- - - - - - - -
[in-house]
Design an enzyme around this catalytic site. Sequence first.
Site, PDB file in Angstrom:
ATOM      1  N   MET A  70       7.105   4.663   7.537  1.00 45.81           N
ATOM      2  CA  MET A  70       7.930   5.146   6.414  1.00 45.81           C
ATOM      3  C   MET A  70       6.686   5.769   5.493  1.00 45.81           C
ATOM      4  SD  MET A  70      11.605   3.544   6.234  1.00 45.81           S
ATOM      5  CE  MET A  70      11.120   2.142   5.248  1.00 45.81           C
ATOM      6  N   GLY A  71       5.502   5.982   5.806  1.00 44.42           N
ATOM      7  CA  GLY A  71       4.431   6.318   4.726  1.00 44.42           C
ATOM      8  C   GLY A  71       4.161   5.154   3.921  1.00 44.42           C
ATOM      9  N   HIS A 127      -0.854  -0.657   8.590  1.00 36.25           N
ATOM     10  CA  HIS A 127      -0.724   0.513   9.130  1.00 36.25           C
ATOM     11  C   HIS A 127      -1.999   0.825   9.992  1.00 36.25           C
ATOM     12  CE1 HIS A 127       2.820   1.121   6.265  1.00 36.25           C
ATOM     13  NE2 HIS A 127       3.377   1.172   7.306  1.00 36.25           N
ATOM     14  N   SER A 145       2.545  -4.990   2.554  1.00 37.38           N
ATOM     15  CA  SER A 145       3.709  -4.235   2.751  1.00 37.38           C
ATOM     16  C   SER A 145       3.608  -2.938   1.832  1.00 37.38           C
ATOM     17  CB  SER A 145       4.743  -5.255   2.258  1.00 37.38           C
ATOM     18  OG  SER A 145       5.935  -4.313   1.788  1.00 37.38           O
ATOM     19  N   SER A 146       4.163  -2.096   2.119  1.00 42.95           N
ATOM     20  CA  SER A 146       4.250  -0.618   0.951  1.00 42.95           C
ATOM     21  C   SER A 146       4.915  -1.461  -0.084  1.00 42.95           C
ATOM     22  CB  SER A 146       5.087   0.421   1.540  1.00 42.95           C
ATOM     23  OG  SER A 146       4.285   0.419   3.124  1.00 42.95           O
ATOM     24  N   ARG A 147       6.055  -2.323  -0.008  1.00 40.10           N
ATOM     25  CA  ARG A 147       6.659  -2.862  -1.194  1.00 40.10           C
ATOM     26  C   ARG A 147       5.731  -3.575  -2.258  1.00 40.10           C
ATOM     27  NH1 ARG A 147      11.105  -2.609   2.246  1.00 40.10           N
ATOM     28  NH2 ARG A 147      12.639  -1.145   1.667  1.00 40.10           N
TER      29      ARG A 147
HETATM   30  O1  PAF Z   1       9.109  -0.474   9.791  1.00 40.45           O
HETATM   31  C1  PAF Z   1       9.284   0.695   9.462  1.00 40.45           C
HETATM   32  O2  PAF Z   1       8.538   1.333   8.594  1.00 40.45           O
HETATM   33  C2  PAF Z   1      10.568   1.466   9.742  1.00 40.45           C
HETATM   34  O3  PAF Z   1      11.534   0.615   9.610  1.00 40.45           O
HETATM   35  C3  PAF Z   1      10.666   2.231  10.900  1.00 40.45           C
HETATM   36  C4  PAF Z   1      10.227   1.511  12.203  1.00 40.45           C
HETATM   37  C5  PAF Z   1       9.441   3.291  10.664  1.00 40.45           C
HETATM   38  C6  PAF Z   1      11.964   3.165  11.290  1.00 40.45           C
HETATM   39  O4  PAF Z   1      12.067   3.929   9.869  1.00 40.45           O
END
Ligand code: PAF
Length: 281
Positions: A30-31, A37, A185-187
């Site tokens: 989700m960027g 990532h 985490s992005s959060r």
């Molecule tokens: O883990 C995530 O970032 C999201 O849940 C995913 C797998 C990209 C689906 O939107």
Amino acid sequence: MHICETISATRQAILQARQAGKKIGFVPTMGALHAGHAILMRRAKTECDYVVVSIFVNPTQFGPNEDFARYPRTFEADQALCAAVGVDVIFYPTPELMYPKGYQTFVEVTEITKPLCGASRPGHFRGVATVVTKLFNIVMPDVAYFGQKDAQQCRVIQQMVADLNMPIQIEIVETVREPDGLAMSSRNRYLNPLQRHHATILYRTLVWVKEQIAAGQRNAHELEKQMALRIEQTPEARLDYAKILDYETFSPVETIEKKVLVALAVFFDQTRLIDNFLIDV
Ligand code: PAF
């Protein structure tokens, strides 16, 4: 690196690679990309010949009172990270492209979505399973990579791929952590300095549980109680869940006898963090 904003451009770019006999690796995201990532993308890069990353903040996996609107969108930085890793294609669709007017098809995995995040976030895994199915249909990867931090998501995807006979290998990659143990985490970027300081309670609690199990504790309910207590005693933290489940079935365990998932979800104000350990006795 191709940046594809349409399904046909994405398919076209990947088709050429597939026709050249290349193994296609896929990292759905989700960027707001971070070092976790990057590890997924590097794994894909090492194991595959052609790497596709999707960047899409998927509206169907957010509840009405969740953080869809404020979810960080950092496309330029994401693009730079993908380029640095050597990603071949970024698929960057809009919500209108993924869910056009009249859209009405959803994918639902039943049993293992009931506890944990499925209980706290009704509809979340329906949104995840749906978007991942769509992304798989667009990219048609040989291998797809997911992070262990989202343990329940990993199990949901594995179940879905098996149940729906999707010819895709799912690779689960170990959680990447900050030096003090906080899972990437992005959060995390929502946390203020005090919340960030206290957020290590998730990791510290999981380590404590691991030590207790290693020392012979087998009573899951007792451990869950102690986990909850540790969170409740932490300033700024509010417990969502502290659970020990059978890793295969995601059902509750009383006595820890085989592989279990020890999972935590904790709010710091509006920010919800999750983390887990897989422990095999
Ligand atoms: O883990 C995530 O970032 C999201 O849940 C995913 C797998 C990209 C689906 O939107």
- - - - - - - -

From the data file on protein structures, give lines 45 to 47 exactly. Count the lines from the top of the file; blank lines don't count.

Length: 281
Positions: A30-31, A37, A185-187
């Site tokens: 989700m960027g 990532h 985490s992005s959060r």